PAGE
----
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Lupinus prunophilus
 
Lupinus prunophilus. Synonyms: Lupinus polyphyllus var. prunophilus, Lupinus polyphyllus var. ammophilus; Lupinus ammophilus (Chokecherry Lupine)
Fabaceae (Pea Family)

Foothills. Woodlands, openings. Spring, summer.
Lone Mesa State Park, May 14, 2009.

Such Lupine as the one pictured on this page are among the most robust, thickly flowering wild plants.  They flower in wet and dry areas for extended periods.  But they are often quite difficult to precisely identify.  The pictured Lupinus prunophilus has a number of characteristics that vary enough to produce numerous varieties.  In addition, the characteristics that separate this species from several other perennial, upright, robust species of Lupine, such as, L. sericeus and L. bakeri are not markedly different.  All of this makes for difficult times in identifying the exact species.

Most of the floras available for the Four Corners region call this species Lupinus polyphyllus, but they do not agree on the characteristics of this species, nor do they agree on which characteristics separate this species from others. Some floras indicate that the pictured species is Lupinus polyphyllus variety prunophilus, some indicate variety ammophilus. John Kartesz indicates that L. polyphyllus is a west coast species. The Flora of the Four Corners Region indicates that our species is Lupinus polyphyllus with three varieties: Lupinus polyphyllus var. ammophilus; Lupinus polyphyllus var. humicola; Lupinus polyphyllus var. prunophilus.

Lupinus prunophilus was named by M. E. Jones in 1910 from a collection he made in the same year in Utah. Lupinus polyphyllus was named by Lindley in 1827 from plants raised from seeds collected by David Douglas (of Douglas Fir fame).

"Polyphyllus" means "many-leaved" and "prunophilus" means "Choke Cherry loving".

Click for more Lupinus prunophilus photographs. 

Lupinus prunophilus

Lupinus prunophilus. Synonyms: Lupinus polyphyllusvar. prunophilus, Lupinus polyphyllus var. ammophilus;Lupinus ammophilus (Chokecherry Lupine)
Fabaceae (Pea Family)
 

Foothills. Woodlands, openings. Spring, summer.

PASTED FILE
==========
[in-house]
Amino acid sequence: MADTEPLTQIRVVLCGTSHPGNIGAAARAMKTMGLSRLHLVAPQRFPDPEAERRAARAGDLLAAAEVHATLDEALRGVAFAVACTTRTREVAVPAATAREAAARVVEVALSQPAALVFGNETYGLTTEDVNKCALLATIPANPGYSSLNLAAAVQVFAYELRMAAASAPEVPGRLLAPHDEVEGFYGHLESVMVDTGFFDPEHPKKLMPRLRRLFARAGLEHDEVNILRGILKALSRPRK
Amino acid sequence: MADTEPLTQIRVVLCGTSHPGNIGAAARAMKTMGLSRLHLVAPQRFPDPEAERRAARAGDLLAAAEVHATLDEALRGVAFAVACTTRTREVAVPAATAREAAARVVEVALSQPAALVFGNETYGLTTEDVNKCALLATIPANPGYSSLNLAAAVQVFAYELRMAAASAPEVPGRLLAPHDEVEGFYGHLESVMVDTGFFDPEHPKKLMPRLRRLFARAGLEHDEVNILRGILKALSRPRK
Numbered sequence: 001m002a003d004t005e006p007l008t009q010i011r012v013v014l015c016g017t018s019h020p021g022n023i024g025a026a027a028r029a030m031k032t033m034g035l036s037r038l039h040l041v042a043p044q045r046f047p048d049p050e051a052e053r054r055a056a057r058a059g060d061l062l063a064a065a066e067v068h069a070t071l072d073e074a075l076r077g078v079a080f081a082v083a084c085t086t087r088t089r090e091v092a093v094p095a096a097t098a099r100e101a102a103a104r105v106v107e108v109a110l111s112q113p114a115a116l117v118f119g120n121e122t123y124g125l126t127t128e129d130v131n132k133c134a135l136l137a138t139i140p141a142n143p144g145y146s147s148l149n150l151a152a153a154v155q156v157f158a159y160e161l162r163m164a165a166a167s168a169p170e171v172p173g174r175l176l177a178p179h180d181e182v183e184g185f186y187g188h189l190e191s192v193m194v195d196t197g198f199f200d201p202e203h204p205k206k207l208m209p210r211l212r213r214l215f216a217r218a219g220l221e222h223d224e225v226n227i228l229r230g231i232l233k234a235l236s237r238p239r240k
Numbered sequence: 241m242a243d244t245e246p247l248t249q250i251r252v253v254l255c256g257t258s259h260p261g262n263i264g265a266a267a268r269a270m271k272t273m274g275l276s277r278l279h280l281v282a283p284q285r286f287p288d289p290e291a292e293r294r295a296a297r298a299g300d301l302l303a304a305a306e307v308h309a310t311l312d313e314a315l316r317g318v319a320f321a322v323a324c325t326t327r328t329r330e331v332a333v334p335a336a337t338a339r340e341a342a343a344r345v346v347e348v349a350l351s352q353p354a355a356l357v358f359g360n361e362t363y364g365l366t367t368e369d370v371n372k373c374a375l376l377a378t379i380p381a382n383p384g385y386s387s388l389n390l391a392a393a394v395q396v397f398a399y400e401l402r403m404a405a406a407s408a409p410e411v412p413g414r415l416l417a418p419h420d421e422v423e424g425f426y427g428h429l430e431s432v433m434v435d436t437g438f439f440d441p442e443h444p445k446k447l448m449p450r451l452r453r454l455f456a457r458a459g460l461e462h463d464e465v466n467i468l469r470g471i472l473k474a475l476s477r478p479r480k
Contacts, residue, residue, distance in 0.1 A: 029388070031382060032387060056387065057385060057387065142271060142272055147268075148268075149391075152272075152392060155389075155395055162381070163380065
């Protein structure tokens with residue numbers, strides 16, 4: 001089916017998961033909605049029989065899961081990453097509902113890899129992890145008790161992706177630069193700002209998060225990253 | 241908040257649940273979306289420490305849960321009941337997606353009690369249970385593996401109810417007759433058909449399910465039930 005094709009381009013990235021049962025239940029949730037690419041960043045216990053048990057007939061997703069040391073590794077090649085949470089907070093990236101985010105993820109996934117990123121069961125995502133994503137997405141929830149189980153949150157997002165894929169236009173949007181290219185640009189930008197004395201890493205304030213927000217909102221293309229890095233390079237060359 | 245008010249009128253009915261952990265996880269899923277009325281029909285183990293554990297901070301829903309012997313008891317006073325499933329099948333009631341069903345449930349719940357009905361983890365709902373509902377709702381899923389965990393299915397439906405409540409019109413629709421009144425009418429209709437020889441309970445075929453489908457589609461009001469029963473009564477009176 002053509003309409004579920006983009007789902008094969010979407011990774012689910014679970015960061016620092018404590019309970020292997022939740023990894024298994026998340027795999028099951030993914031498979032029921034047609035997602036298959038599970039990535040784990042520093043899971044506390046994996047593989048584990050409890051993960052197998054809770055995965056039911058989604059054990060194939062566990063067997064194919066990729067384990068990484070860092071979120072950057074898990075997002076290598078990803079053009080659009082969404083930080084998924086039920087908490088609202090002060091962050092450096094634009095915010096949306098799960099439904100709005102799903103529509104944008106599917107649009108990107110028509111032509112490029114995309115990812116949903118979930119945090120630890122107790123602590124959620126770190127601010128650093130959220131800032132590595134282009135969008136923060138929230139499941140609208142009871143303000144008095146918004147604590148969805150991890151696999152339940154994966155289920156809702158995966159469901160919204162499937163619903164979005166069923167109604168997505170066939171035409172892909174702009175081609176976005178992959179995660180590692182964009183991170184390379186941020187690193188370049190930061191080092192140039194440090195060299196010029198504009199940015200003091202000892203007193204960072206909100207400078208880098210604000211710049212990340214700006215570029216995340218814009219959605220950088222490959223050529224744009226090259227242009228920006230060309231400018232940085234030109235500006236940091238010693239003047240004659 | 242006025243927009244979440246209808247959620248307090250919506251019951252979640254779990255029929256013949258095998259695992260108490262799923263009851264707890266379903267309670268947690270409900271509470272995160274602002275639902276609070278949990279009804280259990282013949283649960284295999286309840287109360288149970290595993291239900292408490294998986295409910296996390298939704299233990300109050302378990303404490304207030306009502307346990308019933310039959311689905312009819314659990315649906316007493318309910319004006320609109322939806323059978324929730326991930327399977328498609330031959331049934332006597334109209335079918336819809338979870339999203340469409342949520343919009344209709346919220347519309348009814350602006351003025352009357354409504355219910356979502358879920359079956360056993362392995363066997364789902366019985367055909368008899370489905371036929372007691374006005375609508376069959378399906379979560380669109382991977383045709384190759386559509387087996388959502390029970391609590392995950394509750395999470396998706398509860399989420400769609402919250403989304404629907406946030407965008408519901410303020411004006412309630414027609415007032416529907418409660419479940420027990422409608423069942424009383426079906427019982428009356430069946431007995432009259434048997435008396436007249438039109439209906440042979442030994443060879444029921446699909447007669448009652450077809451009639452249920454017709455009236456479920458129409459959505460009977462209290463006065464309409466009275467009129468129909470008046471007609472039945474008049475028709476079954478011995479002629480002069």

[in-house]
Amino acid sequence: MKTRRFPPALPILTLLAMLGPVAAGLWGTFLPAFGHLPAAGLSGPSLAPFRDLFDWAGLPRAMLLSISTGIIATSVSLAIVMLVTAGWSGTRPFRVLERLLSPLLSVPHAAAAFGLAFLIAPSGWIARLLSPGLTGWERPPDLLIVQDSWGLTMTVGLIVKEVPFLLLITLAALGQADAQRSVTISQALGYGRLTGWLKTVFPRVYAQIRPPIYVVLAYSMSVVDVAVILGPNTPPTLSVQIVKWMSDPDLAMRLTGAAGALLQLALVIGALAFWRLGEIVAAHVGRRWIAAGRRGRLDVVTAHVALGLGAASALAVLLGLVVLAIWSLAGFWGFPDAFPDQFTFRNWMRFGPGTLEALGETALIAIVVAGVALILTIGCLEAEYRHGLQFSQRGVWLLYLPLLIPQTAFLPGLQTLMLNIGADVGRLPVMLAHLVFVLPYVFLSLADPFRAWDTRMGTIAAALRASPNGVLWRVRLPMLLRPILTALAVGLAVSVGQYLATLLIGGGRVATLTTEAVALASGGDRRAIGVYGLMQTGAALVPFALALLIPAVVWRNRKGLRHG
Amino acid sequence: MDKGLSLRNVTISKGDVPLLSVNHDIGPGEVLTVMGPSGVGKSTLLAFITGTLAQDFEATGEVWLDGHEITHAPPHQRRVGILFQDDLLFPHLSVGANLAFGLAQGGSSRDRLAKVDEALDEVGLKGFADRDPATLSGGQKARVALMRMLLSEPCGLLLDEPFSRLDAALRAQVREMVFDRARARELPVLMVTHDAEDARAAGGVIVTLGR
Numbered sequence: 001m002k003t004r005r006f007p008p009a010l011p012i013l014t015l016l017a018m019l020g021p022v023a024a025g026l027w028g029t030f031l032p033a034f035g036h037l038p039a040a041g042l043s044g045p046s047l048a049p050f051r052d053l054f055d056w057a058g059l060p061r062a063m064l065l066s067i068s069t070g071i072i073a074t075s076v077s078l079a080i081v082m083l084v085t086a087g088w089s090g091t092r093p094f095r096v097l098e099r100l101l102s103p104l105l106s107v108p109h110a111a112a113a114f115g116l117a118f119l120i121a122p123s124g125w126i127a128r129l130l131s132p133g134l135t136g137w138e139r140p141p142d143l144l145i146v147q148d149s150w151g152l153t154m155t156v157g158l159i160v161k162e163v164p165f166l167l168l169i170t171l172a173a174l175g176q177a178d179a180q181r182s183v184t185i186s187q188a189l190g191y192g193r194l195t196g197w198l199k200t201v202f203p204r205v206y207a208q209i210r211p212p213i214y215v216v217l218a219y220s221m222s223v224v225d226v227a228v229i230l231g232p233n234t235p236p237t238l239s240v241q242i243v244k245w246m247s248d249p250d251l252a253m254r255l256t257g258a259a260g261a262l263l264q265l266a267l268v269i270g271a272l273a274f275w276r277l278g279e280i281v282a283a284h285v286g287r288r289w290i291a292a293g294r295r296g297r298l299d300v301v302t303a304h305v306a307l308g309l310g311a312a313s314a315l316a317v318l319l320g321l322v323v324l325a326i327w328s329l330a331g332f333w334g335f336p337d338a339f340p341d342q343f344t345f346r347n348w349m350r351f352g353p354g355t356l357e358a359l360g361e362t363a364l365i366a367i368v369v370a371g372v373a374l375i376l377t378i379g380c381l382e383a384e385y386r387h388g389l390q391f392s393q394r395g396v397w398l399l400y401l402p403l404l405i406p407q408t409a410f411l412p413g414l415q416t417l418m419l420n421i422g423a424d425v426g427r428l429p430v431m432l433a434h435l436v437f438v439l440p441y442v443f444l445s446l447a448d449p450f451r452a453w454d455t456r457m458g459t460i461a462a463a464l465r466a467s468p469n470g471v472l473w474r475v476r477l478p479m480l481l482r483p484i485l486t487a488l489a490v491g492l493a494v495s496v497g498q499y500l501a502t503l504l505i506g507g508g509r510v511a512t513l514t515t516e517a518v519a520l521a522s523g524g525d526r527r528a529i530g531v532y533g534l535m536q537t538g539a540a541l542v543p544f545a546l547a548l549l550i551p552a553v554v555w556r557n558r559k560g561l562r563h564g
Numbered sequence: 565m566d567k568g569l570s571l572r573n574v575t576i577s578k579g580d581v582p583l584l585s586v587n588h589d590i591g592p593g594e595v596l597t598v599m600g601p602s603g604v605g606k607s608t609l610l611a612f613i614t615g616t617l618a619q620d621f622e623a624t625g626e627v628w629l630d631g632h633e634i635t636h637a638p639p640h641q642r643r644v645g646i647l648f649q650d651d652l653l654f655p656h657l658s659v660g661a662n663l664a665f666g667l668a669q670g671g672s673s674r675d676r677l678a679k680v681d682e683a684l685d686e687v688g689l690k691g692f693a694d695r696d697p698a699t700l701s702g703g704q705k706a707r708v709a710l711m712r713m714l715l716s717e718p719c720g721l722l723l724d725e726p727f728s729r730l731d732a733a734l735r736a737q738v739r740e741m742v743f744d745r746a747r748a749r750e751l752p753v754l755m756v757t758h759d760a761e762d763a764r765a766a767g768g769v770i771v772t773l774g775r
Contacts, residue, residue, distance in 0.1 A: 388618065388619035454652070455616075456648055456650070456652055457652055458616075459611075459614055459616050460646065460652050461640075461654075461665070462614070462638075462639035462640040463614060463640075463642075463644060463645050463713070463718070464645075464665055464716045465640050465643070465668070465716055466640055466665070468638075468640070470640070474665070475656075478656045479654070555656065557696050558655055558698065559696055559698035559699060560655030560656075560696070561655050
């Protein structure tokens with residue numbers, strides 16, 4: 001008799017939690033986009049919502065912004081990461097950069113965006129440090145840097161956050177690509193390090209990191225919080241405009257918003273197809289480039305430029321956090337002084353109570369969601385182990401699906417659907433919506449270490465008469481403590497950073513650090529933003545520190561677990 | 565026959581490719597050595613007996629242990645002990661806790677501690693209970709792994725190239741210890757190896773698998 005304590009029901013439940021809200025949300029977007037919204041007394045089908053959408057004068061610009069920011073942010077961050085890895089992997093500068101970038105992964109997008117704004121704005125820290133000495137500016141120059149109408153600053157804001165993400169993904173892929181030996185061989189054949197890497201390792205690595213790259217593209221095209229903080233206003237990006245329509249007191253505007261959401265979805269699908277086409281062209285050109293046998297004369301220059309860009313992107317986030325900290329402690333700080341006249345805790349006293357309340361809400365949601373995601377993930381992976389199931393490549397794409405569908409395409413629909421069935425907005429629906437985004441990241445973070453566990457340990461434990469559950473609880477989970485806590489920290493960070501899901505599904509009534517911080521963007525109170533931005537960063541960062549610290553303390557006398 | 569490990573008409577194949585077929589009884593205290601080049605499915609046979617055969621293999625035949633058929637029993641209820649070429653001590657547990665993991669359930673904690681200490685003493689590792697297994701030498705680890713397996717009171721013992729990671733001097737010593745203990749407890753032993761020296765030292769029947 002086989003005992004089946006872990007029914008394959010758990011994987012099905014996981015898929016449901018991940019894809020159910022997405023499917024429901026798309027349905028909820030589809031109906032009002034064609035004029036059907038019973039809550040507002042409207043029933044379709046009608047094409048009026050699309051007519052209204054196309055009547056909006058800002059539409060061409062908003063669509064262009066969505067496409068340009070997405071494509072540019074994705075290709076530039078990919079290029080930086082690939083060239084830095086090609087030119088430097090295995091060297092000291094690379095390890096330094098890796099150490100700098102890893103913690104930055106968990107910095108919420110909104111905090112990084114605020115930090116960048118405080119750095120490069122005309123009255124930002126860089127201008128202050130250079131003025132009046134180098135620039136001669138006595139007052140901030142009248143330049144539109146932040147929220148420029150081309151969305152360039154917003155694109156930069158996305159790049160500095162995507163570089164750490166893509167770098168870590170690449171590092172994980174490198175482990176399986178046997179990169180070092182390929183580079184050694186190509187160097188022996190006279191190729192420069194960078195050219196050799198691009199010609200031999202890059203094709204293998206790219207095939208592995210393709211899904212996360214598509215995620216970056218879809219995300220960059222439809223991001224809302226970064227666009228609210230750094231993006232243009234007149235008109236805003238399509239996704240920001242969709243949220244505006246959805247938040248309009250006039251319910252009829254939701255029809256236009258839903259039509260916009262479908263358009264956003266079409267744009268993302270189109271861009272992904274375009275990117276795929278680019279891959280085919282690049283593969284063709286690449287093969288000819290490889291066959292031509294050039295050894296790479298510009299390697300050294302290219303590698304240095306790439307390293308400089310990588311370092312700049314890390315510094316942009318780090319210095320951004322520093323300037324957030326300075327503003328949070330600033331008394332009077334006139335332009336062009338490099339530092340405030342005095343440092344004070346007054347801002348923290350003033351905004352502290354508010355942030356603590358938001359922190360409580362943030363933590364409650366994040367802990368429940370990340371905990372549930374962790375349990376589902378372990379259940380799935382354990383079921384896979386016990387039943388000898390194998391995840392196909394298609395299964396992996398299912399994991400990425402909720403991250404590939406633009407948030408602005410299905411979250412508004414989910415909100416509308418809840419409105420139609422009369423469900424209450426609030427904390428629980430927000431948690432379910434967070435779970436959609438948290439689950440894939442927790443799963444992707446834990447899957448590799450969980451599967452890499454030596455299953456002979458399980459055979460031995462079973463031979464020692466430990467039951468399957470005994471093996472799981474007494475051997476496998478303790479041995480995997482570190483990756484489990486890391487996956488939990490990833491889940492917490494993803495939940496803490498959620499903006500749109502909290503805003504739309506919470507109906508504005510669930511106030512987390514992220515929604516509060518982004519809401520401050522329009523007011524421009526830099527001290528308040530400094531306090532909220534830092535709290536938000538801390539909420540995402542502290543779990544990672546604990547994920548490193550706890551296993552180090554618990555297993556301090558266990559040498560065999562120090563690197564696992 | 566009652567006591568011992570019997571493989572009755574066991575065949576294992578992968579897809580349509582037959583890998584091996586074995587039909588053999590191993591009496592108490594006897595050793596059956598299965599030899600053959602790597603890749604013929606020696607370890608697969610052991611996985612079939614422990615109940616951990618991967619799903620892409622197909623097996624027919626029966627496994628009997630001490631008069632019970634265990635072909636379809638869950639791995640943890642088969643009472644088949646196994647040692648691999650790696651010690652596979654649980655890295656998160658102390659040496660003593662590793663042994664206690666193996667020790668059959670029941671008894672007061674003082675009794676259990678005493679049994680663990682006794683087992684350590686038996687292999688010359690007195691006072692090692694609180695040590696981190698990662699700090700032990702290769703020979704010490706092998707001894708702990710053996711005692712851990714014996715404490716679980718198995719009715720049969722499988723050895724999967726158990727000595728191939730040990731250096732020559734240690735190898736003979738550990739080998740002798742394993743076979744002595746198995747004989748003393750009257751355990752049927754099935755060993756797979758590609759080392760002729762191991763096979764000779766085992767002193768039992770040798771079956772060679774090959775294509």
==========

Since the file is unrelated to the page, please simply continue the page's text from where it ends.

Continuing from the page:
Lone Mesa State Park, May 14, 2009.

Most leaves on this plant were rolled inward.

Lupinus prunophilus

Lupinus prunophilus. Synonyms: Lupinus polyphyllusvar. prunophilus, Lupinus polyphyllus var. ammophilus; Lupinus ammophilus (Chokecherry Lupine)
Fabaceae (Pea Family)

Foothills. Woodlands, openings. Spring, summer.
Lone Mesa State Park, May 14, 2009.

Look at the flowers at the two and five o'clock positions and you will see a characteristic that botanical keys use to separate Lupine species: The banner (the upright petal with the white center) is bent upward ("recurved") near its mid-point, i.e., about half of the banner clasps the wings (the horizontal light purple petal) and about half of the banner sticks up in the air above the wings. This arrangement leaves a wide gap between the wings and the upward curved part of the banner.

Click to see Lupinus argenteus which has its banners recurved above its mid-point, thus leaving a narrow gap between the wings and the upward curved part of the banner.

Lupinus prunophilus

Lupinus prunophilus. Synonyms: Lupinus polyphyllusvar. prunophilus, Lupinus polyphyllus var. ammophilus; Lupinus ammophilus (Chokecherry Lupine)
Fabaceae (Pea Family)
 

Foothills. Woodlands, openings. Spring, summer.
Lone Mesa State Park, May 14, 2009.

Hairiness varies: A few leaves that I examined on this plant were hairy both on their upper and lower surfaces; but almost all were more typical of the leaves of this species: hairy only on their lower surface.

The photograph also shows the hairiness of the stem. You can see the silvery glow of the hairs at the side of the stem.

Lupinus prunophilus

Lupinus prunophilus

Lupinus prunophilus

Lupinus prunophilus. Synonyms: Lupinus polyphyllusvar. prunophilus, Lupinus polyphyllus var. ammophilus; Lupinus ammophilus (Chokecherry Lupine)
Fabaceae (Pea Family)
 

Foothills. Woodlands, openings. Spring, summer.
Nature Center at Butler Corner, May 21, 2017.

This short form (only one to two feet tall) of Lupinus prunophilus spreads by rhizomes and as a result dozens of plants are found close to each other.

Flower stems are numerous and dozens of showy flowers ascend the stems.

Stems rise above a base of many long-petioled, large leaves with 5-10 leaflets. The upper side of the leaflets is almost glabrous and the lower side has scattered long hairs.

Range map © John Kartesz,
Floristic Synthesis of North America

State Color Key

Species present in state and native
Species present in state and exotic
Species not present in state

County Color Key

Species present and not rare
Species present and rare
Species extirpated (historic)
Species extinct
Species noxious
Species exotic and present
Native species, but adventive in state
Eradicated
Questionable presence

Range map for Lupinus prunophilus